Council investment in accommodation for adults with learning disabilities is meeting current demand

24 May 2018 - 12:30am

Despite progress, existing arrangements are unlikely to be fit for the future, says Auditor General

Local authorities need to address significant challenges if they are to ensure they continue to meet the long-term accommodation needs of people with learning disabilities and their carers. That’s the conclusion of a report, published today, by the Auditor General for Wales.

This report focuses on whether local authorities have effective approaches in place to commission accommodation for adults with learning disabilities. Commissioning stages include assessing people’s needs; setting priorities and strategies to meet those needs; and buying goods and securing services to address needs.

Most people with learning disabilities can lead independent lives with the right support and, therefore, as public expenditure reduces, effective planning and provision of care and support services is becoming an increasingly important aspect of public policy in Wales. The report found that, despite progress in many areas, local authorities and their partners must do more to integrate services and resolve a number of complex challenges if they are to achieve the ambition of sustainable services.

Today’s report estimates that local authorities will need to increase investment in accommodation by around £365 million in the next 20 years to address both the growing number of people with learning disabilities who will need housing, and the increase in the number with moderate or severe needs. Given the financial outlook, this challenge will be particularly onerous.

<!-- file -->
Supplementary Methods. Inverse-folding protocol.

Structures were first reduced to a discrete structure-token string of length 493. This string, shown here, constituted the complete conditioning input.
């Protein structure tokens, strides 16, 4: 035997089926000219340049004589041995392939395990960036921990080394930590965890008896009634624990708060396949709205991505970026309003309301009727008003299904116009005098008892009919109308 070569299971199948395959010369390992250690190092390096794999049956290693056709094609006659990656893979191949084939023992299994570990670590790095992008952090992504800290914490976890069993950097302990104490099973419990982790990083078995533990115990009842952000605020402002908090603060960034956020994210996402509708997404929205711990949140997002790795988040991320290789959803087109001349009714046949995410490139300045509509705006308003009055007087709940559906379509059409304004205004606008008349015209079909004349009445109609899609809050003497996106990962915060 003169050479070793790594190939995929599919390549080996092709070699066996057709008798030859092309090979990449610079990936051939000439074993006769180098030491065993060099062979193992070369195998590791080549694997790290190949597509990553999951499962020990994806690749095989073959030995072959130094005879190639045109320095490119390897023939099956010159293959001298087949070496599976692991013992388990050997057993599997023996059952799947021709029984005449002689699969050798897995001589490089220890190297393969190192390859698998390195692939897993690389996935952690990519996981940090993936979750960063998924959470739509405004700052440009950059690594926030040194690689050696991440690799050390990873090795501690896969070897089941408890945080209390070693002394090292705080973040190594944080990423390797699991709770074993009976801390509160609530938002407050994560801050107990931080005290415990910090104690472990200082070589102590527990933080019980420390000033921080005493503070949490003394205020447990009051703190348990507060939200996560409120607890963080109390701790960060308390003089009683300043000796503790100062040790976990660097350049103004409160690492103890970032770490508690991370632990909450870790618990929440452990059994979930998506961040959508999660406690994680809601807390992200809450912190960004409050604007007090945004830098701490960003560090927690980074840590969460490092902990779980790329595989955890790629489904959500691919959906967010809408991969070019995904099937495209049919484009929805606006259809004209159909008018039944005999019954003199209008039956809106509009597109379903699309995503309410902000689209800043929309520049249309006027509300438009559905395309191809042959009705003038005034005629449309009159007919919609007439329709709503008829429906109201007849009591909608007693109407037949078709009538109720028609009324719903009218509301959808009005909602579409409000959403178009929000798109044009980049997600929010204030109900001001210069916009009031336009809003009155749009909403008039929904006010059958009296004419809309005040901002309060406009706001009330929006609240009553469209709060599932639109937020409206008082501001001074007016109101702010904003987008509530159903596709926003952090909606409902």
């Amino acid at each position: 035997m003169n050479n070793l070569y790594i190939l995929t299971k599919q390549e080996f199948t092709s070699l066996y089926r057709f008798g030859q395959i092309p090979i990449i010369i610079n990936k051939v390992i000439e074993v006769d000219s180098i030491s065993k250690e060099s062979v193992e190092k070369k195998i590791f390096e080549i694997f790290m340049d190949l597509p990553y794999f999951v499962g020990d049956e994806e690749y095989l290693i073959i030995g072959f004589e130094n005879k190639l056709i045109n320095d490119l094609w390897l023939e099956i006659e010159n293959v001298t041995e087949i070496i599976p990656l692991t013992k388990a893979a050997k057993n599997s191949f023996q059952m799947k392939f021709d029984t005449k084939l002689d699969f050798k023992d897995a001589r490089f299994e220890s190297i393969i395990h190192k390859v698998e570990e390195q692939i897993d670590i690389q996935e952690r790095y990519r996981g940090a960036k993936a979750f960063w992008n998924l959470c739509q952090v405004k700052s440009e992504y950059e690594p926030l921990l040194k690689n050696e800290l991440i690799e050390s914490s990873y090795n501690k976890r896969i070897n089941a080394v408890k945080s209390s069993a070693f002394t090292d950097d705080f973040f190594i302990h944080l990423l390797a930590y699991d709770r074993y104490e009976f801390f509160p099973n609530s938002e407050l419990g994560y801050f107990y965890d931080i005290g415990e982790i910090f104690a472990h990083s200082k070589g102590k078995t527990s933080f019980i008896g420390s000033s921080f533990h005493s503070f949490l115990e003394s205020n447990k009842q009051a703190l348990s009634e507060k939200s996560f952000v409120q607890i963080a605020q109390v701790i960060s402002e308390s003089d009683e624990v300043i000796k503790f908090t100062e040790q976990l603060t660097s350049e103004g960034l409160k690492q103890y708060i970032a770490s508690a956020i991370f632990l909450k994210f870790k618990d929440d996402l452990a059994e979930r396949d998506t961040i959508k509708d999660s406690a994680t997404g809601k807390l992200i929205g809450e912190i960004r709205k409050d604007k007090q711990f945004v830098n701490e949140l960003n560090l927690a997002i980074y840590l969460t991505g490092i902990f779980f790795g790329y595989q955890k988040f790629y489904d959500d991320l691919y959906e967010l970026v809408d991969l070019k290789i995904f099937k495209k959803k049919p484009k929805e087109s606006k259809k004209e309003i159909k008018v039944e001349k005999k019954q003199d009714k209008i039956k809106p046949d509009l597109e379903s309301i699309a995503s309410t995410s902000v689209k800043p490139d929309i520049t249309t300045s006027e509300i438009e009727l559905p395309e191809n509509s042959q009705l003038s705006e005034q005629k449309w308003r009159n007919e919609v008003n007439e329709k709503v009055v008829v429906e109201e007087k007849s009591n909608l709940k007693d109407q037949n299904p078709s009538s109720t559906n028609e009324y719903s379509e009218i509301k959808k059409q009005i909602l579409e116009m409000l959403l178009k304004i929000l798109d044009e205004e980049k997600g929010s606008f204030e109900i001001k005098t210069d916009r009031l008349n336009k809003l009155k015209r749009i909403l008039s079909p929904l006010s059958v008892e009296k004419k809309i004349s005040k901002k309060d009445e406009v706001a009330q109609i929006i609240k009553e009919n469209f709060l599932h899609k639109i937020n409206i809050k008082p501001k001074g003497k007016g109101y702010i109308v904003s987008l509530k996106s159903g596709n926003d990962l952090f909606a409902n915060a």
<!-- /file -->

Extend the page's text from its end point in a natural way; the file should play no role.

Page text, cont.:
The report makes a number of recommendations to local authorities, in 6 key areas, including:

  • Continue to focus on preventing people becoming dependent on more expensive placements in care homes by providing effective support at home and a range of step up accommodation.
  • Improve the approach to planning services for people with learning disabilities. For example, by using population projections to quantify current shortfall in provision; and agreeing future priorities based on this.
  • Do more to involve people with learning disabilities and their carers in care planning and agreeing pathways to further  independence.

Auditor General for Wales, Huw Vaughan Thomas, said today:

“With more and more people with learning disabilities needing accommodation, and with budgets continually being squeezed, local authorities need to make best us of their commissioning arrangements to address the financial challenge they face. More efforts need to be made around prevention – such as through providing effective support at home. There also needs to be better partnership working with other organisations and integrating the way services are delivered more.”